“Are you enjoying the performance?”
This snippet of conversation, overheard in the foyer of the Four Seasons Centre during the first intermission, just about sums up the audience response to the COC’s revival of the Berlin Staatsoper’s 2008 production of A Masked Ball. Tonight’s performance was really about the singing, and sadly, nothing else.
A Masked Ball was controversial even in its time. The opera’s anarchist plot, which was based on the assassination of King Gustav III of Sweden, rattled Verdi’s censors to the point that he was forced to rework his libretto and set the events in 17th century Boston. Presumably, American politics seemed distant and exotic enough to appease the growing unease over issues of sedition suggested in the murder of a popular, if flawed, monarch. The Berlin Staatsoper production of A Masked Ball which sees a revival tonight, capitalizes on this American content, setting the events in a nightculb in Miami, during the swinging 60s, with echoes of the Kennedy assassination sketched in through costume choices. The historical allusion would be powerful if it had been followed through with some consistency. Sadly, neither the sets, nor the costumes, nor the stage direction suggested more than a flippant gesture towards this key moment in American history.
The decision to set the entire events of the opera in a nightclub in Miami led to many an unfortunate dissonance between the action, the libretto, and the visual metaphors on stage. For example, Act II, which takes place in a public place of execution, is set in the selfsame nightclub, with two criminals dangling from the rafters. To add to the confusion, one of the dangling corpses (the puppets were given a routine shake so we could see them dance a bit) was a character who had just been pardoned in Act I. When the distraught Amelia passionately sang of the corpse’s “staring eyes” burning terror and guilt into her soul, we were forced to wonder again, since the dangling puppet had a bag over its head. The devil is, no doubt, in the details.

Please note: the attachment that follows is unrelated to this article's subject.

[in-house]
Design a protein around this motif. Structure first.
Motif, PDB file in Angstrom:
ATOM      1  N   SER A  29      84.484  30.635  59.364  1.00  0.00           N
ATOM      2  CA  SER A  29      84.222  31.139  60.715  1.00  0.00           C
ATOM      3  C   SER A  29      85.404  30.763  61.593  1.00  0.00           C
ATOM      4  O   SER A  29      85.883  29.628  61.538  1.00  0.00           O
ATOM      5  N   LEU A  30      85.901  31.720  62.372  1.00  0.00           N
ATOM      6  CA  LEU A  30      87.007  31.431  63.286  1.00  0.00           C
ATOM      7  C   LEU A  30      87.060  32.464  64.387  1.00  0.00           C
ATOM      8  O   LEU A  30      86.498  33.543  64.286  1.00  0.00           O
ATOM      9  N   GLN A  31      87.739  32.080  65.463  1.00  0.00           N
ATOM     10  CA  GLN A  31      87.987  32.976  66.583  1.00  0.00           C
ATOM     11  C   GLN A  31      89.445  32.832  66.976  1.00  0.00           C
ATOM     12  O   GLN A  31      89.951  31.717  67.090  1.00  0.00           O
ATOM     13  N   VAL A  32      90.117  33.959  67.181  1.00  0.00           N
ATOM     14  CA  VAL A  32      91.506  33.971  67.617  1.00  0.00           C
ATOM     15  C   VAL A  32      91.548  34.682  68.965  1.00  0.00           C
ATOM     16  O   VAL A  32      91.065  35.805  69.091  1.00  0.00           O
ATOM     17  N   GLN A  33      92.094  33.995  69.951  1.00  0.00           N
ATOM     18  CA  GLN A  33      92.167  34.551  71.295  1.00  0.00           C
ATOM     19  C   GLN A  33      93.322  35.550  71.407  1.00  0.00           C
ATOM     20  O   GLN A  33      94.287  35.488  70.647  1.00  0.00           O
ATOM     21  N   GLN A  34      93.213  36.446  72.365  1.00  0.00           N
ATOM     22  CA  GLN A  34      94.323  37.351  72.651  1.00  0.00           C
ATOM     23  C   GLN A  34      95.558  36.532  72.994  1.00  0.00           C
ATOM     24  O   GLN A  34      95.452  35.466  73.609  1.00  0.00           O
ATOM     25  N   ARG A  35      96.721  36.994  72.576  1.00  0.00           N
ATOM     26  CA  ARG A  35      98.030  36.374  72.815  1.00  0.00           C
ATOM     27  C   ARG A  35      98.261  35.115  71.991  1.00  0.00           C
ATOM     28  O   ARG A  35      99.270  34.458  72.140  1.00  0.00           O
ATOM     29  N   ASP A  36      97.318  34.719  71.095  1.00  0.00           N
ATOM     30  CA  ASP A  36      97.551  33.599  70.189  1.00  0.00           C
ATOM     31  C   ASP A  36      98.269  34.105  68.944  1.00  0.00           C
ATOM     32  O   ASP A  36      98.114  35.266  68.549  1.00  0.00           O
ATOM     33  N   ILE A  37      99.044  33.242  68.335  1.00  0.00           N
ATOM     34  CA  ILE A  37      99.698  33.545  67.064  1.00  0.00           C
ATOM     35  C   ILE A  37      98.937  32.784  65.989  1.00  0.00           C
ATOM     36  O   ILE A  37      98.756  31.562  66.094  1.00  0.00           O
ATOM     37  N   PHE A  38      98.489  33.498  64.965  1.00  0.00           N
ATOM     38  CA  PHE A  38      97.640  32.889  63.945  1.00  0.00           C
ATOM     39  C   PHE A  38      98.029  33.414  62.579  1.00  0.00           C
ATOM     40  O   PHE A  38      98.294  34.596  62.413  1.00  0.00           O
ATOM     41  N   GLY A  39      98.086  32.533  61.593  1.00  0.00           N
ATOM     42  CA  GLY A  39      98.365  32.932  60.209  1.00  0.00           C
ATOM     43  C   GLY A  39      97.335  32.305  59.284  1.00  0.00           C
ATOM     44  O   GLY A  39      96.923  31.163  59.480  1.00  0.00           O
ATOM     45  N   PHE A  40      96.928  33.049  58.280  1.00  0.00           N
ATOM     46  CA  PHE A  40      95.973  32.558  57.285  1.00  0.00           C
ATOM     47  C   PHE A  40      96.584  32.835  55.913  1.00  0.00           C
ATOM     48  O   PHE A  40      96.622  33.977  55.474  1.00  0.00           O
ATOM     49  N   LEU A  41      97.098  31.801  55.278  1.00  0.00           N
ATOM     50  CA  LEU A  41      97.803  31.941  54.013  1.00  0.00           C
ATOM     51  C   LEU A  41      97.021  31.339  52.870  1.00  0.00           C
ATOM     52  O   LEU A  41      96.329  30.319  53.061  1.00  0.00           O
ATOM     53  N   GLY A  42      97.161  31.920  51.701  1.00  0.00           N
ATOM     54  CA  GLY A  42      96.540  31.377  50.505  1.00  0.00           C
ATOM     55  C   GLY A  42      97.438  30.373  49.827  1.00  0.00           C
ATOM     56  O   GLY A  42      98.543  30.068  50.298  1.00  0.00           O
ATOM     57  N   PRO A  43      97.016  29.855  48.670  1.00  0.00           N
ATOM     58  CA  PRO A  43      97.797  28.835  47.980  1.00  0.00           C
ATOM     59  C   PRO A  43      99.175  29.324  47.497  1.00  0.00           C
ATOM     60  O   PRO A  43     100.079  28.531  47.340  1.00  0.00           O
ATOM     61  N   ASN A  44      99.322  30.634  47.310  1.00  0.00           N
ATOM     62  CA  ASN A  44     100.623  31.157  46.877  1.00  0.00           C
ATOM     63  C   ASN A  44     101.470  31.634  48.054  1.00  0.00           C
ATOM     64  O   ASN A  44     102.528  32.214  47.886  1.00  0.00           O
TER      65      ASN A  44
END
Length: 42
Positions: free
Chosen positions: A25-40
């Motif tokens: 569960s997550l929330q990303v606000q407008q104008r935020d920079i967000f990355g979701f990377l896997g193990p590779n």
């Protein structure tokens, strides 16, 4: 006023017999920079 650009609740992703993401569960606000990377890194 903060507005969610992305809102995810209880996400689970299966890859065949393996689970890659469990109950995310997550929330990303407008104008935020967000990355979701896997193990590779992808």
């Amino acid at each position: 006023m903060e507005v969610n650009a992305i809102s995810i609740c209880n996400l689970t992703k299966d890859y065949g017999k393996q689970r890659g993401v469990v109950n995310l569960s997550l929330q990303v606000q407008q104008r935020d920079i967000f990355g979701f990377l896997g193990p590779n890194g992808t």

Despite being forced to sing the bulk of the opera in pajamas, the soloists in this evening’s performance managed to bring the power and passion of Verdi to the stage in no uncertain terms. Adrianne Pieczonka’s Amelia was a tour de force in virtuosic and dramatic mastery. Her “Morrò ma prima in grazia” was so exquisite that one sat there with eyes brimming, covered in goose bumps, and unable to breathe. Her voice brought this opera home, and allowed the audience to transcend their frustration at an otherwise inept production. Dimitri Pittas, as Riccardo, is at his best when playing a gallant playboy. Although Mr. Pittas’s voice is certainly a powerhouse of emotion and skill, sadly, his onstage presence does not always deliver the depths required of his role. Against the complex, passionate Amelia, this Riccardo often came off as little more than a schoolboy. On the other hand, Roland Wood, as Renato, overpowered us with his perfectly controlled yet terrifying vocal presence; he was the very epitome of the jilted husband, enraged by betrayal.
This was certainly a very interesting night at the opera, not in the least because it forced us to grapple with the question of what makes good opera. We must applaud the COC on its decision to stage more radical, border-crossing productions of the classics, but let us hope that their future choices will demonstrate a more astute understanding of the complex relationship that is the Gesamtkunstwerk of opera.